Former College and NFL Teammates Describe Jay Cutler’s Leadership: A ‘Rebel Going Against the Grain’

by Thad Mitchell
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Jay Cutler has proven to be a star on the field, whether that be in pads on the football field or in camo in grassy fields hunting.

His leadership and teamwork have gotten a lot of attention over the years. Cutler’s no-nonsense attitude has rubbed some the wrong way, but many see that the toughness is engrained into his psychee; a pillar of who he is as an Outsider, moving through a world of criticism.

Recently, former NFL All-Pro return man Devin Hester caught social media’s attention after sharing a story on his former quarterback Jay Cutler. The two famous athletes crossed paths in the windy city as both were members of the Chicago Bears squad.

In an interview for a recent edition of Untold Stories with Master Tesfatsion, Hester holds nothing back while talking Cutler.

Hester, who was primarily a special teams standout through his career, took aim at Cutler’s leadership ability — or a lack thereof. The dynamo returner says he was rarely available in the Bears offense, partly due to his lack of relationship with the quarterback. “When it comes to leadership and Jay Cutler? The worst,” Hester says, slamming the Pro Bowl player, who retired with 23,443 passing yards and 2,020 completions.

“He’s not really a social guy,” Hester says of Cutler in the video. “He’s not a talker, you know what I mean? He picks one or two guys and leaches on to them and separates himself from everybody.”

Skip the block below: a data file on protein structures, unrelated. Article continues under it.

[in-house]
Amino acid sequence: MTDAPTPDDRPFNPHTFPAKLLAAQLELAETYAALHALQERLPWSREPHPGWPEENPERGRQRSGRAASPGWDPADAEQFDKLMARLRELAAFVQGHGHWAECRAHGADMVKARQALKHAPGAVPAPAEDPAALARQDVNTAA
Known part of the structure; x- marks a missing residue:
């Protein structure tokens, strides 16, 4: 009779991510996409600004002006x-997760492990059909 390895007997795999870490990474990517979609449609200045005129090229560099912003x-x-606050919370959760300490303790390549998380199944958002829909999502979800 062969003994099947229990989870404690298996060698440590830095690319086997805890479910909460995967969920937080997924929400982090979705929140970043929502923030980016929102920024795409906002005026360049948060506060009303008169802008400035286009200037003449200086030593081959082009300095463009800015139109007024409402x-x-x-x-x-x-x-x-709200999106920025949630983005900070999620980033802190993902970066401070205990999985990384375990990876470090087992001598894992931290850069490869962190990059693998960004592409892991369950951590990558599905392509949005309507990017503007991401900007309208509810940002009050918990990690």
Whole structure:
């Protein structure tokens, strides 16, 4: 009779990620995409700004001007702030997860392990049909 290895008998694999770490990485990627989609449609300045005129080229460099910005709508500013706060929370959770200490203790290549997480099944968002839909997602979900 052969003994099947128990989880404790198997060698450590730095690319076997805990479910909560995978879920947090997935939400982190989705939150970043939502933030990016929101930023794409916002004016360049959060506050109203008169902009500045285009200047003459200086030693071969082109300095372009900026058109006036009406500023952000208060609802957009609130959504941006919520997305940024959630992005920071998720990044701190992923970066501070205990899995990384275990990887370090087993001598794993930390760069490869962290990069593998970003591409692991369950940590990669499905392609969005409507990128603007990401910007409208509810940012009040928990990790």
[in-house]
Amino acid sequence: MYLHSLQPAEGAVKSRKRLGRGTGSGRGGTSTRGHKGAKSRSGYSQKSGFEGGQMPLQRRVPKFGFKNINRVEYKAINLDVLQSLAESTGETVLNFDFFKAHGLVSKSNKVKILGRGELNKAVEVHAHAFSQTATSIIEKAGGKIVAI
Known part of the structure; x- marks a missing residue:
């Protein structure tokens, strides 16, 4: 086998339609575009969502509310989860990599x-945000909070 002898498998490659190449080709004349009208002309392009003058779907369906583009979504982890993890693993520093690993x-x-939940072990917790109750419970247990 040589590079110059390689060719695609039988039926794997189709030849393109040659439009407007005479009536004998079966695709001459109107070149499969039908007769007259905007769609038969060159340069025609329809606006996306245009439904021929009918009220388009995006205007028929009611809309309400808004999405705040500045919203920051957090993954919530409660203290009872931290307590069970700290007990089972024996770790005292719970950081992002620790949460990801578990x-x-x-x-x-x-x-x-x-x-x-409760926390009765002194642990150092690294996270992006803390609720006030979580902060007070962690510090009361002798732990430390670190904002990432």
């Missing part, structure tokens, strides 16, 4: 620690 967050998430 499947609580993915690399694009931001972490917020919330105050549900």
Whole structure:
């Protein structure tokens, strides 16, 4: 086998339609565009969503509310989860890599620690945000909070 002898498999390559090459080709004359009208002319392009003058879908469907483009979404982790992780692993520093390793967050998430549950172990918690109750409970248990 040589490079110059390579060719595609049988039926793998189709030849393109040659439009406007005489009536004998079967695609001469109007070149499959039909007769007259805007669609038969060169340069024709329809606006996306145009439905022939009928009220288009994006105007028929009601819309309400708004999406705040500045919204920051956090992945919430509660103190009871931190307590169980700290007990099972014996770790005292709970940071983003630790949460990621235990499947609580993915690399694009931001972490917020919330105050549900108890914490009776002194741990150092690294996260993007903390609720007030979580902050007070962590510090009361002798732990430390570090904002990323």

This scrutiny from Hester seems to target Cutler’s overall demeanor and extrovertedness, though, rather than a lack of leadership and talent. Marlon White, former Vanderbilt wide receiver, says the opposite about his college quarterback. “I don’t understand why it’s not interpreted as he’s just even-keeled,” he says, according to Bleacher Report.

Many other former teammates have acknowledged just that, saying his demeanor is a result of his determination on the field, not disrespect for teammates.

“That look on his face, you can call it sour. Whatever. That’s Jay Cutler. That’s him,” former Vanderbilt teammate Javon Haye said. “You don’t know if he’s happy. You don’t know if he’s sad. It’s the same look. And I respect that.”

Another teammate says, “He’s the rebel going against the grain. But that’s what makes him who he is. You have to let him be who he is.”

Similarly, another teammate notes that Cutler’s motivation is unbeatable. His dedication to the sport of football was serious. “I’ll say this: There was never a time when we were on the field that Jay didn’t take his job 100 percent seriously. Never,” another former college teammate, George Smith III said of his team’s QB.

In fact, Smith went on to compare Cutler’s dedication on the field to the strength and pride we see in our military troops. “You go to the military, it’s everywhere. And this is what we pride our country on. What’s wrong with accountability like that on the field? … That’s why I liked Jay’s style. It was raw and uncut. No sugarcoating.”

Raw. Uncut. A no mess attitude, that, yes, led to some pretty impressive dubs.

Jay Cutler is known for his fourth-quarter wins. According to Pro Football Reference, he had an impressive 23 in his career. So, no, Cutler isn’t the smoothest talking, sweetest teddy bear on the field.

But that’s his whole point.

He was a QB that would play to the last second of the last quarter to ensure his team added to the left column on their record. A raw, uncut, serious player who ignores the exterior criticism to prioritize internal pride through wins on the field. A former-quarterback and a rebel (and a damn good hunter) who goes against the grain.

Outsider.com